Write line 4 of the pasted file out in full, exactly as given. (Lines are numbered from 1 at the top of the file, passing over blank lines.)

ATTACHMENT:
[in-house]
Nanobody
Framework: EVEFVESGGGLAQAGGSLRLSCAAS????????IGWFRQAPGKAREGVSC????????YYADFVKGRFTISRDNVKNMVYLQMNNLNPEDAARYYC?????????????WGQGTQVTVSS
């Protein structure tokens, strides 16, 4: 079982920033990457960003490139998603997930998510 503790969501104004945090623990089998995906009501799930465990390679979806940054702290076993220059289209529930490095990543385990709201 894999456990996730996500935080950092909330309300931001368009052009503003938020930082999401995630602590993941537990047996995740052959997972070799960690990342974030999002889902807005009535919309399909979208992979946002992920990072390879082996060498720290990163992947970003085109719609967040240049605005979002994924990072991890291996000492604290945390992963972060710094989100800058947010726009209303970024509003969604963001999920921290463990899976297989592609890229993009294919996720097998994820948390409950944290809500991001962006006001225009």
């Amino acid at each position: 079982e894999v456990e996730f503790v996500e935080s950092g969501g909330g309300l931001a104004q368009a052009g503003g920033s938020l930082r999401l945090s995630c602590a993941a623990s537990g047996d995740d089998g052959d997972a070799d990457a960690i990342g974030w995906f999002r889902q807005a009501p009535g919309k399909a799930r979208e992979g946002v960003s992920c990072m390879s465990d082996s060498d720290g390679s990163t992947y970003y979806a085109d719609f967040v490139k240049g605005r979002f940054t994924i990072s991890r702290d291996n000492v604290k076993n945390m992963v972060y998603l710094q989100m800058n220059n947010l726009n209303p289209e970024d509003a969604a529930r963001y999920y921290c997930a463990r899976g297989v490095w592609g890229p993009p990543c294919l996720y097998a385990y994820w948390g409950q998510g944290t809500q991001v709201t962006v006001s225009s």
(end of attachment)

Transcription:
């Protein structure tokens, strides 16, 4: 079982920033990457960003490139998603997930998510 503790969501104004945090623990089998995906009501799930465990390679979806940054702290076993220059289209529930490095990543385990709201 894999456990996730996500935080950092909330309300931001368009052009503003938020930082999401995630602590993941537990047996995740052959997972070799960690990342974030999002889902807005009535919309399909979208992979946002992920990072390879082996060498720290990163992947970003085109719609967040240049605005979002994924990072991890291996000492604290945390992963972060710094989100800058947010726009209303970024509003969604963001999920921290463990899976297989592609890229993009294919996720097998994820948390409950944290809500991001962006006001225009």